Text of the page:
Skip to main content

Titans signing safety Kenny Vaccaro to replace Cyprien

Tennessee has settled on a replacement for Johnathan Cyprien in the wake of the starting safety's recent ACL injury.

The Titans have agreed to terms with former Saints safety Kenny Vaccaro, the team announced Saturday.

The No. 15 overall pick in the 2013 draft, Vaccaro started 67 games in New Orleans over the past five years. After biding his time on the surprisingly slow safety market for four months, Vaccaro turned in an impressive workout on Friday, per Rapoport. The former Texas Longhorns star got the nod over fellow free agents Eric Reid, Mike Mitchell and Lardarius Webb.

As it turned out, Reid missed his scheduled visit to Nashville due to multiple flight cancellations for bad weather. The Titans had positive talks with the former 49ers safety, Rapoport added, and will keep him at the top of their list if a need arises in the future.

Recovering from a sports hernia surgery that prematurely ended his season in late December, Vaccaro had visited the Colts, Jets and Dolphins earlier in the offseason.

Vaccaro, 27, began his NFL career in a rover role, taking on more responsibility than any rookie ever coached by former defensive coordinator Rob Ryan. Battling a litany of injuries, however, his production tailed off to the point where he began losing snaps to younger safeties such as Vonn Bell and Marcus Williams. His coverage ability, in particular, left a lot to be desired last season.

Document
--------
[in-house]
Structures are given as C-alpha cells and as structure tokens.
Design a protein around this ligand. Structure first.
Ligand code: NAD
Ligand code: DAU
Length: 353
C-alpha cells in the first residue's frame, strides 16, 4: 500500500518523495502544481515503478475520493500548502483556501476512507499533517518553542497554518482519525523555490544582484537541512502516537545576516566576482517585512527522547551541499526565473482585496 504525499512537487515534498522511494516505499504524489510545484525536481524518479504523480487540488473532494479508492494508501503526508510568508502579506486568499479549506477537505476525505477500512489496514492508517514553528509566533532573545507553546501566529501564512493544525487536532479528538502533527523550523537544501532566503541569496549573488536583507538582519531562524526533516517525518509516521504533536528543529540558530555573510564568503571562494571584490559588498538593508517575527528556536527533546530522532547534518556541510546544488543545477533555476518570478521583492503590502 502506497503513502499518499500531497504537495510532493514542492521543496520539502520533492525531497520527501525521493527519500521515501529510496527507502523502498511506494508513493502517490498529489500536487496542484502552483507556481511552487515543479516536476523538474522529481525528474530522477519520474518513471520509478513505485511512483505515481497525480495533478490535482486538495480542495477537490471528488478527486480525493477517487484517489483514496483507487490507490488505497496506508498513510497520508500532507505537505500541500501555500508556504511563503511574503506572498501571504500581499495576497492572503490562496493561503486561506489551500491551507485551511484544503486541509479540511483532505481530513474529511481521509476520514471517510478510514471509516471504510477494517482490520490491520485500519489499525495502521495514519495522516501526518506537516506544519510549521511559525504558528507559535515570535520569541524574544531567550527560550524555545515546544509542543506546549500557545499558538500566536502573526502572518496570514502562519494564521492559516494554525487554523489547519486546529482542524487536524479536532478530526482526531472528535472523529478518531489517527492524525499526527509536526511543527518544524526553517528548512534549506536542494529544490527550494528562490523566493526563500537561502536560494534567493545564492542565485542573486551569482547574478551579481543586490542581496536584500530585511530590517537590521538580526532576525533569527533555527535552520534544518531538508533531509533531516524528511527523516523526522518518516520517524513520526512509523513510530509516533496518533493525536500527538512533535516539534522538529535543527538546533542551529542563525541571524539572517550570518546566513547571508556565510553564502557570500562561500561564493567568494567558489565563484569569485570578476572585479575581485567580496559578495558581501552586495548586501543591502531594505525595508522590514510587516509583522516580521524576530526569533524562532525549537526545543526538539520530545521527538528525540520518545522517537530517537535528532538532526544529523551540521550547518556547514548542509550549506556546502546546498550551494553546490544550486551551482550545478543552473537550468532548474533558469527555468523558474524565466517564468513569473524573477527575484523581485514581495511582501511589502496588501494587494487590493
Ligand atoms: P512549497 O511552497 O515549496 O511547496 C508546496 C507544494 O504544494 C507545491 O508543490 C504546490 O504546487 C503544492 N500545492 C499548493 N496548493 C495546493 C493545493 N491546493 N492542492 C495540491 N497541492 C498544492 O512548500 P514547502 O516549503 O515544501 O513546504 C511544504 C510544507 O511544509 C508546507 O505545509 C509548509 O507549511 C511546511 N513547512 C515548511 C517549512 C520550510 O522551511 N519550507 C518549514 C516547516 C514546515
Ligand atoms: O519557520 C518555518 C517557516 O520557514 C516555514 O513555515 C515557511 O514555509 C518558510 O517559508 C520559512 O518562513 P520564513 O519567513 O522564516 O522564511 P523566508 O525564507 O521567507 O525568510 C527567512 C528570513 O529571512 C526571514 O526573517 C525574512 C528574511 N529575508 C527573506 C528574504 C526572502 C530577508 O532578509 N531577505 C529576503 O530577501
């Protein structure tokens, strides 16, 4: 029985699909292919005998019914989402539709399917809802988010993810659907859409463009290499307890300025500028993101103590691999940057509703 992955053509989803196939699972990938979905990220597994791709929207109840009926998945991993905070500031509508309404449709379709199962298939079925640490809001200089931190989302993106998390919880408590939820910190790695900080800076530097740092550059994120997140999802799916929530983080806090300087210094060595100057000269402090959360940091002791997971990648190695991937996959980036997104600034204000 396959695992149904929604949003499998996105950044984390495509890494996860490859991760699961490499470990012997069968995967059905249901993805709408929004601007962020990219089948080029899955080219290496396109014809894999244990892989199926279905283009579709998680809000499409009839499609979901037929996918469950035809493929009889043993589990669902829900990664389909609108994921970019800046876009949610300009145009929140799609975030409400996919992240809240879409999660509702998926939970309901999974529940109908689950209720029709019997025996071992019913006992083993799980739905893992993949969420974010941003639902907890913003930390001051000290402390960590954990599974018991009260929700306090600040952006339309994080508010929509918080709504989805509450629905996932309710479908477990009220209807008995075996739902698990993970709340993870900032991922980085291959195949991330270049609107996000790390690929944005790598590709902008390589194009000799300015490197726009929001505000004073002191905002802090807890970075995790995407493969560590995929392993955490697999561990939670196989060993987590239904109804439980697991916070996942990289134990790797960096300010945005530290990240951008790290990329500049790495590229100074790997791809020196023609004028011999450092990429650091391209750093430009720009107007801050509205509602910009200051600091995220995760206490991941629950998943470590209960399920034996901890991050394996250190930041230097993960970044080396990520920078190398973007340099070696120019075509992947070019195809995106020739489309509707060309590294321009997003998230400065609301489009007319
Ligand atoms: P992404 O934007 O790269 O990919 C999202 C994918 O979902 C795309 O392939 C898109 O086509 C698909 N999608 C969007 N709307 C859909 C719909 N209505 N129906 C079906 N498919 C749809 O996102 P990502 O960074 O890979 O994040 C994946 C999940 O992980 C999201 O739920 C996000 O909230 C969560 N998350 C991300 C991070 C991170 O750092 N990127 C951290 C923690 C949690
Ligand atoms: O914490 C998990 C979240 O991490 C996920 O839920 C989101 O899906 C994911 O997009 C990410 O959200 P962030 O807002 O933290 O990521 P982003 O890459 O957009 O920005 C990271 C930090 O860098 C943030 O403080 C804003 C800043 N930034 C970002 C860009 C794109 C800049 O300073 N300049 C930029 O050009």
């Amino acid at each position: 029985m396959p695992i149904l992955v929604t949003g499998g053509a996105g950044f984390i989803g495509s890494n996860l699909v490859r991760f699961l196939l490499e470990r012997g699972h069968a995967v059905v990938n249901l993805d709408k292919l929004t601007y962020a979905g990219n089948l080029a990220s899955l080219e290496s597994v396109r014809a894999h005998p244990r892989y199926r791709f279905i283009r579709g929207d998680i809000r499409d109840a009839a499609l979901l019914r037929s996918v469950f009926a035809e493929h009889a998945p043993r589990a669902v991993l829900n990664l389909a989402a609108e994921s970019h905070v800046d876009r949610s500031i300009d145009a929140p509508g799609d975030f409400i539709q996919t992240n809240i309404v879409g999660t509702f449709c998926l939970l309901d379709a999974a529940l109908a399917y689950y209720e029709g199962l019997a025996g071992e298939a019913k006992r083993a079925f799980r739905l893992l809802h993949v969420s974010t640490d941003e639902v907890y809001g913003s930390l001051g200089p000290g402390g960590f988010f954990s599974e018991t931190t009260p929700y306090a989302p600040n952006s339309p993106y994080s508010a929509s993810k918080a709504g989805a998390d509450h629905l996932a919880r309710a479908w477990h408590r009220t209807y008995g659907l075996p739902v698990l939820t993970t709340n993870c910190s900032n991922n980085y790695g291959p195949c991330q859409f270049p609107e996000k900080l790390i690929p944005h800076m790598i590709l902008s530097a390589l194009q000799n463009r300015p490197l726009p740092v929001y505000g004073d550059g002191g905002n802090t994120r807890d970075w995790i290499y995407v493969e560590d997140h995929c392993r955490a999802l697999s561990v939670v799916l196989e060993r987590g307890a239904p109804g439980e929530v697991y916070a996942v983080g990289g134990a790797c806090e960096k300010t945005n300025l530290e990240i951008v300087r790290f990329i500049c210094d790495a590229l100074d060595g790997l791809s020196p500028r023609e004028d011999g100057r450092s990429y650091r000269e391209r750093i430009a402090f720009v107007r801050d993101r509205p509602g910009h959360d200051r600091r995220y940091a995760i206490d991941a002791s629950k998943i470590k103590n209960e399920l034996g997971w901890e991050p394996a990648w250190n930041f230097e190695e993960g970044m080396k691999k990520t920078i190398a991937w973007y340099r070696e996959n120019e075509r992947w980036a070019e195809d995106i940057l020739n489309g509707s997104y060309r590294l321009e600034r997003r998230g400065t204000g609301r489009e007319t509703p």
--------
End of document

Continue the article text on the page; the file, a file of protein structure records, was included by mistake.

If a healthy Vaccaro proves to be a quick study in Mike Vrabel's defense, he has the potential to provide an upgrade on Cyprien. If he's slow to adapt, on the other hand, he would represent the lone weak spot in a suddenly stacked secondary that includes former Patriots cornerbacks Malcolm Butler and Logan Ryan to go with All Pro safety Kevin Byard and promising 2017 first-round pick Adoree' Jackson.

Even with the loss of Cyprien, Tennessee's improved defense figures to climb the rankings after finishing 21st in Football Outsiders metrics last year.

This article has been reproduced in a new format and may be missing content or contain faulty links. Please use the Contact Us link in our site footer to report an issue.

Related Content